Strolling through the Vincent van Gogh museum in Amsterdam, I stumbled on a disarmingly simple oil on canvas that has since hung prominently in the gallery of my mind. A Bible opened to Isaiah 53 lies next to a well-worn copy of Emile Zola’s La Joie de Vivre on a wooden table. An extinguished candlestick – a typical symbol of death in the 17th-century Dutch vanitas tradition – is in the background, suggesting the fleeting nature of human existence.
The Bible is uniformly recognized by art historians to belong to van Gogh’s father, Theodorus, a minister whose love for the great prophet Isaiah was widely known. Zola’s La Joie de Vivre was an example of French naturalist literature. Together they speak to van Gogh’s lifelong attempt to reconcile his traditional Christian past to modern sensibilities.
It was a reconciliation he was never to achieve.
The problem van Gogh wrestled with is shared by many and, as it was with the great Dutch painter, runs deeper than reconciling the ancient to the contemporary. What is the place for the spiritual in a world that is overwhelmingly materialistic?
We live in the context of what Richard John Neuhaus has termed a “naked public square,” meaning a culture where discourse and conduct have been stripped of religious insight and influence. In America, law and politics have so trivialized religious devotion that individuals are forced to act – at least in public – as if their faith doesn’t matter. As Page Smith once blithely noted, “God is not a proper topic for discussion, but ‘lesbian politics’ is.”
This void of religious contribution has made faith seem less “real” than other ideas and enterprises, particularly as we have tended to gauge truth by what can be empirically verified. Faith is not tangible and therefore, in this world, not relevant. As such, faith is not simply “foolishness to the Gentiles” (I Corinthians 1:23) but often foolishness to believers.
And the Bible doesn’t help, at least at first glance.
A man who seems to enjoy his fair share of wine is told to build a boat. A really big one. In the desert. And then two of every animal is said to be stowed away in order to survive a cataclysmic flood.
A pre-Viagra 75-year-old man is called to get his wife pregnant and start a nation. And, we are told, he does.
A young girl offers to water a stranger’s camels and is offered instantly by her family to a wandering nomad in order to perpetuate the people of God. Her reaction? “Okay.”
So far we have not progressed beyond the first of the 66 books in the Bible. And it doesn’t get any better. Such examples led Søren Kierkegaard to see Christianity as a “leap in the dark,” a letting go of experience and rationality in order to embrace what is beyond experience and reason.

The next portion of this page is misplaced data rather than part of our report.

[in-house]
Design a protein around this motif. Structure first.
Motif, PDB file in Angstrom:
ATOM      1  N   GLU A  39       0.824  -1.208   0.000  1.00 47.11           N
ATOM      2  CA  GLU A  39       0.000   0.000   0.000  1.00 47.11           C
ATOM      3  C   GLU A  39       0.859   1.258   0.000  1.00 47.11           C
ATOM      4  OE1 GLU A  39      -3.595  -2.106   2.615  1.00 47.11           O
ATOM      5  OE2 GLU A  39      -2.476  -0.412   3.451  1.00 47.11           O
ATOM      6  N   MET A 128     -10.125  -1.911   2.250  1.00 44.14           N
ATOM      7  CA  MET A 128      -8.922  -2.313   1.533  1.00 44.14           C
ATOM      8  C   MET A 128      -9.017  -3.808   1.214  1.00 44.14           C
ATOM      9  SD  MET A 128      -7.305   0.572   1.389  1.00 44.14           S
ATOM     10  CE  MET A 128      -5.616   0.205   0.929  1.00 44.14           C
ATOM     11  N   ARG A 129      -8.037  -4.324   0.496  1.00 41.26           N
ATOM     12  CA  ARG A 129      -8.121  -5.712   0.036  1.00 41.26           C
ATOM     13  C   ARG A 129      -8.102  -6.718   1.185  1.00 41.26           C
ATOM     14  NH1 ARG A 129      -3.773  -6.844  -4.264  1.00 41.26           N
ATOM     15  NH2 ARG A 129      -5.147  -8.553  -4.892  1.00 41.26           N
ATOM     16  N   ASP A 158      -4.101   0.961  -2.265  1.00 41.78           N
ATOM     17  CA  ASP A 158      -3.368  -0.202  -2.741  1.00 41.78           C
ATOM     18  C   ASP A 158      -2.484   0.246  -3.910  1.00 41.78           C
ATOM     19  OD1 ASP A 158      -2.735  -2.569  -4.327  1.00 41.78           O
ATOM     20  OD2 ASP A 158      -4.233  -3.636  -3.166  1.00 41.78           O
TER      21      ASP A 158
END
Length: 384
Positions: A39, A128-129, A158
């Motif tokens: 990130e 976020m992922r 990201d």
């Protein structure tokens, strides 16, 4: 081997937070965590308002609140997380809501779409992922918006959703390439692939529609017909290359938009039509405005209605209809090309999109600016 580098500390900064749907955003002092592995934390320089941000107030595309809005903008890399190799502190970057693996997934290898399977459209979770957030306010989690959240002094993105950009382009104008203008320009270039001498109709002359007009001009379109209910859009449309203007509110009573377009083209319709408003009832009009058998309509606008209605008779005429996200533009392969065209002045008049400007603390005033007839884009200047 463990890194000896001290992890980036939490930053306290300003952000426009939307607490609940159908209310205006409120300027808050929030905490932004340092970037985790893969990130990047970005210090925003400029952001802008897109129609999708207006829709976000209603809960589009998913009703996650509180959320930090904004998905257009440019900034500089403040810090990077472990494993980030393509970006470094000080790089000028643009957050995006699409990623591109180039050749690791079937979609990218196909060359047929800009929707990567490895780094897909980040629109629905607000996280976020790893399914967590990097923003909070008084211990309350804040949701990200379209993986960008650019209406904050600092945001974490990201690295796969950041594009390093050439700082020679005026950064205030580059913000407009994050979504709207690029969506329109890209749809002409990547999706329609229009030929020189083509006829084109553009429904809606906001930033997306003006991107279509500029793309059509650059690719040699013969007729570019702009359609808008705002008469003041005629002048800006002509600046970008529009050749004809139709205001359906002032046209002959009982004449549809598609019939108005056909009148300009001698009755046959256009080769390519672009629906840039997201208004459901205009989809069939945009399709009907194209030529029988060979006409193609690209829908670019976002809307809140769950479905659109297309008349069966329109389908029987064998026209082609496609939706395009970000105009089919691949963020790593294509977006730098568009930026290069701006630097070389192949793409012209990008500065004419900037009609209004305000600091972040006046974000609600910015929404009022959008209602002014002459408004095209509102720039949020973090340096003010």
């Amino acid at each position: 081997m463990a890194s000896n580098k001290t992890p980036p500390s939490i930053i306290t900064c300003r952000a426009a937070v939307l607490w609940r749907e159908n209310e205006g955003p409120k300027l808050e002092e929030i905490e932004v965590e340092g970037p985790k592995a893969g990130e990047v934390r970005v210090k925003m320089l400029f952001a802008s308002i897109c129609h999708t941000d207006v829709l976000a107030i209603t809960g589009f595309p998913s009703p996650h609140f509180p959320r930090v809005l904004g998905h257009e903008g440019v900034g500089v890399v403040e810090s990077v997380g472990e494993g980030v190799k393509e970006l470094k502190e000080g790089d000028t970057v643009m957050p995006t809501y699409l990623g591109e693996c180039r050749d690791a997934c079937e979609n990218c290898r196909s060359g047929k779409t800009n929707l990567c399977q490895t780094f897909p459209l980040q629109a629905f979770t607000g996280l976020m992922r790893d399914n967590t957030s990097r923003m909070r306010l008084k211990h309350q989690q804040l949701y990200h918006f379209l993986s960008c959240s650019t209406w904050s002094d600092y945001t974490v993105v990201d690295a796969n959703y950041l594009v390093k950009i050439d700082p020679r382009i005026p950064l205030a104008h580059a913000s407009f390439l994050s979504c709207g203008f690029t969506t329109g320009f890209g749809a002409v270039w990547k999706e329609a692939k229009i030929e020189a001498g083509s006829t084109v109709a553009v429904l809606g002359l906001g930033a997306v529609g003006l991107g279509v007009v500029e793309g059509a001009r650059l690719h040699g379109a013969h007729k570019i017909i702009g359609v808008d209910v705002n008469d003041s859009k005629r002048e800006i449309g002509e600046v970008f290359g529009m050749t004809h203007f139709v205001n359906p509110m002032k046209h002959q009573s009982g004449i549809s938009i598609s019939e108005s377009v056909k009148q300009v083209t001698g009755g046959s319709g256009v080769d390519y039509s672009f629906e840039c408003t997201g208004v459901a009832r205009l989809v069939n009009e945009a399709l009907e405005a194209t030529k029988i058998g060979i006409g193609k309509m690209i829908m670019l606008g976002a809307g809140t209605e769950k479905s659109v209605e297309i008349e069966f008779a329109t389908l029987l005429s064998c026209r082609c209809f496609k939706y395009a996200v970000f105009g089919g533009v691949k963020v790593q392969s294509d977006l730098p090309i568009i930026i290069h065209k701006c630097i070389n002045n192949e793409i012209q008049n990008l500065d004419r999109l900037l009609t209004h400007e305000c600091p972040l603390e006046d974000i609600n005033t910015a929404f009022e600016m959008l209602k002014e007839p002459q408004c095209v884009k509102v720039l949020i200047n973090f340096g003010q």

This was the dilemma facing Boromir in the first part of J.R.R. Tolkien’s trilogy The Lord of the Rings. The great Council of Elrond meets to determine what to do with the Ring of the Dark Lord, which fate had brought into their midst. It is decided that their one hope, against all rational thought, is to bring the ring to the Fire of Mt. Doom, the very point of the ring’s origin. Boromir, the valiant warrior from the city of Gondor who represents the race of men, speaks:
I do not understand all this… Why do you speak ever of hiding and destroying? Why should we not think that the Great Ring has come in to our hands to serve us in the very hour of need?… Let the Ring be your weapon, if it has such power as you say. Take it and go forth to victory!
The older and wiser Elrond reminds Boromir that the ring is altogether evil; using it against the Dark Lord would cause its bearer to become as the Dark Lord himself. Boromir submits to the Council, but not in his mind. As the company begins its journey, he confronts Frodo the ring-bearer, and once again raises the subject of using the ring.
“Were you not at the Council?” answered Frodo… “We cannot use it, and what is done with it turns to evil.”
“So you go on… all these folk have taught you to say so… Yet often I doubt if they are wise… It is mad not to use it… How I would drive the hosts of Mordor, and all men would flock to my banner! … The only plan that is proposed to us is that a halfling should walk blindly into Mordor and offer the Enemy every chance of recapturing it for himself. Folly!”
But it wasn’t folly. It was supreme wisdom—a wisdom running counter to that which intellect alone could muster.
The apostle Paul reminds the church at Corinth “how foolish the message of the cross sounds” on its surface. But God has already determined “I will destroy human wisdom” because it proves “to be useless nonsense” according to His standards. God’s “‘foolish’ plan… is far wiser than the wisest of human plans” (I Corinthians 1:18-20, 25 NLT).
Loving God with all of our mind, however, takes more than simple faith in God. Foundational Christian beliefs have lately come under siege through the shared intellectual endeavors of the world around us.
James Emery White
Taken from James Emery White, Wrestling with God. Now available as an eBook at ChurchAndCulture.org—click HERE to order.
Richard John Neuhaus, The Naked Public Square.
Stephen L. Carter, The Culture of Disbelief.
Page Smith, Killing the Spirit: Higher Education in America.
J.R.R. Tolkien, The Fellowship of the Ring, 2nd ed.
About the Author
James Emery White is the founding and senior pastor of Mecklenburg Community Church in Charlotte, NC, and the ranked adjunct professor of theology and culture at Gordon-Conwell Theological Seminary, where he also served as their fourth president. His latest book, Meet Generation Z: Understanding and Reaching the New Post-Christian World, is available on Amazon. To enjoy a free subscription to the Church & Culture blog, visit ChurchAndCulture.org, where you can view past blogs in our archive and read the latest church and culture news from around the world. Follow Dr. White on Twitter, Facebook and Instagram.